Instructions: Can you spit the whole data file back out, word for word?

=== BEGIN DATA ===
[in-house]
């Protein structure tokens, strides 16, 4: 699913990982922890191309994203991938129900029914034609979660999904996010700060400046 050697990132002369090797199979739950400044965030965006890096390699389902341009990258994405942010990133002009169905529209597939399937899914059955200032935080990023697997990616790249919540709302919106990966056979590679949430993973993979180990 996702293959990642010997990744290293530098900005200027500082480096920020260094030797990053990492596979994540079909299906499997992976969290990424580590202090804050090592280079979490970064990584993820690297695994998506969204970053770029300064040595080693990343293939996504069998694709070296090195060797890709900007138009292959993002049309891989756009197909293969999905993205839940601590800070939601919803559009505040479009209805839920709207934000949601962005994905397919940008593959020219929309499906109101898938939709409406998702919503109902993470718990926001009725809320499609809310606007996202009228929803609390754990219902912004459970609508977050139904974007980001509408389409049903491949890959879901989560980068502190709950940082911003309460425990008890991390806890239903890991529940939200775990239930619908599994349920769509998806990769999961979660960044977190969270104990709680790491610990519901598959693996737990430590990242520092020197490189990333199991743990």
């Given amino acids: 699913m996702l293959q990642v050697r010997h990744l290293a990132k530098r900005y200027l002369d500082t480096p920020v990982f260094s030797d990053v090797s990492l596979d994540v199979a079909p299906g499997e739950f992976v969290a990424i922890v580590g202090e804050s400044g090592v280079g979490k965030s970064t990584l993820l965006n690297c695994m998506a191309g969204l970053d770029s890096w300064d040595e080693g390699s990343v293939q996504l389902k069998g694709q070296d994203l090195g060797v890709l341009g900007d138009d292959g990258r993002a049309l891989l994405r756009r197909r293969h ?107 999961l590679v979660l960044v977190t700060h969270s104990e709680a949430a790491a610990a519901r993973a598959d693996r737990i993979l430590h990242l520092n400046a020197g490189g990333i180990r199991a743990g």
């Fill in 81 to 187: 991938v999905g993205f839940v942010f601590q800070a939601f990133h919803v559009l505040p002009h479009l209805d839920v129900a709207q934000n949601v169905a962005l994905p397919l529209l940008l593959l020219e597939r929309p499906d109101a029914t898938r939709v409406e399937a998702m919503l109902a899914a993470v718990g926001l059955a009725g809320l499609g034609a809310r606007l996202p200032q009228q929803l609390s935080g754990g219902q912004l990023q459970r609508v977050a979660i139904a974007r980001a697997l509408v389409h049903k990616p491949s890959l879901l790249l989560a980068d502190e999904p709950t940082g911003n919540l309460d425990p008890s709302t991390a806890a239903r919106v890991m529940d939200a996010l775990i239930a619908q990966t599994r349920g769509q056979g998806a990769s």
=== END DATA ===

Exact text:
[in-house]
């Protein structure tokens, strides 16, 4: 699913990982922890191309994203991938129900029914034609979660999904996010700060400046 050697990132002369090797199979739950400044965030965006890096390699389902341009990258994405942010990133002009169905529209597939399937899914059955200032935080990023697997990616790249919540709302919106990966056979590679949430993973993979180990 996702293959990642010997990744290293530098900005200027500082480096920020260094030797990053990492596979994540079909299906499997992976969290990424580590202090804050090592280079979490970064990584993820690297695994998506969204970053770029300064040595080693990343293939996504069998694709070296090195060797890709900007138009292959993002049309891989756009197909293969999905993205839940601590800070939601919803559009505040479009209805839920709207934000949601962005994905397919940008593959020219929309499906109101898938939709409406998702919503109902993470718990926001009725809320499609809310606007996202009228929803609390754990219902912004459970609508977050139904974007980001509408389409049903491949890959879901989560980068502190709950940082911003309460425990008890991390806890239903890991529940939200775990239930619908599994349920769509998806990769999961979660960044977190969270104990709680790491610990519901598959693996737990430590990242520092020197490189990333199991743990």
């Given amino acids: 699913m996702l293959q990642v050697r010997h990744l290293a990132k530098r900005y200027l002369d500082t480096p920020v990982f260094s030797d990053v090797s990492l596979d994540v199979a079909p299906g499997e739950f992976v969290a990424i922890v580590g202090e804050s400044g090592v280079g979490k965030s970064t990584l993820l965006n690297c695994m998506a191309g969204l970053d770029s890096w300064d040595e080693g390699s990343v293939q996504l389902k069998g694709q070296d994203l090195g060797v890709l341009g900007d138009d292959g990258r993002a049309l891989l994405r756009r197909r293969h ?107 999961l590679v979660l960044v977190t700060h969270s104990e709680a949430a790491a610990a519901r993973a598959d693996r737990i993979l430590h990242l520092n400046a020197g490189g990333i180990r199991a743990g």
């Fill in 81 to 187: 991938v999905g993205f839940v942010f601590q800070a939601f990133h919803v559009l505040p002009h479009l209805d839920v129900a709207q934000n949601v169905a962005l994905p397919l529209l940008l593959l020219e597939r929309p499906d109101a029914t898938r939709v409406e399937a998702m919503l109902a899914a993470v718990g926001l059955a009725g809320l499609g034609a809310r606007l996202p200032q009228q929803l609390s935080g754990g219902q912004l990023q459970r609508v977050a979660i139904a974007r980001a697997l509408v389409h049903k990616p491949s890959l879901l790249l989560a980068d502190e999904p709950t940082g911003n919540l309460d425990p008890s709302t991390a806890a239903r919106v890991m529940d939200a996010l775990i239930a619908q990966t599994r349920g769509q056979g998806a990769s």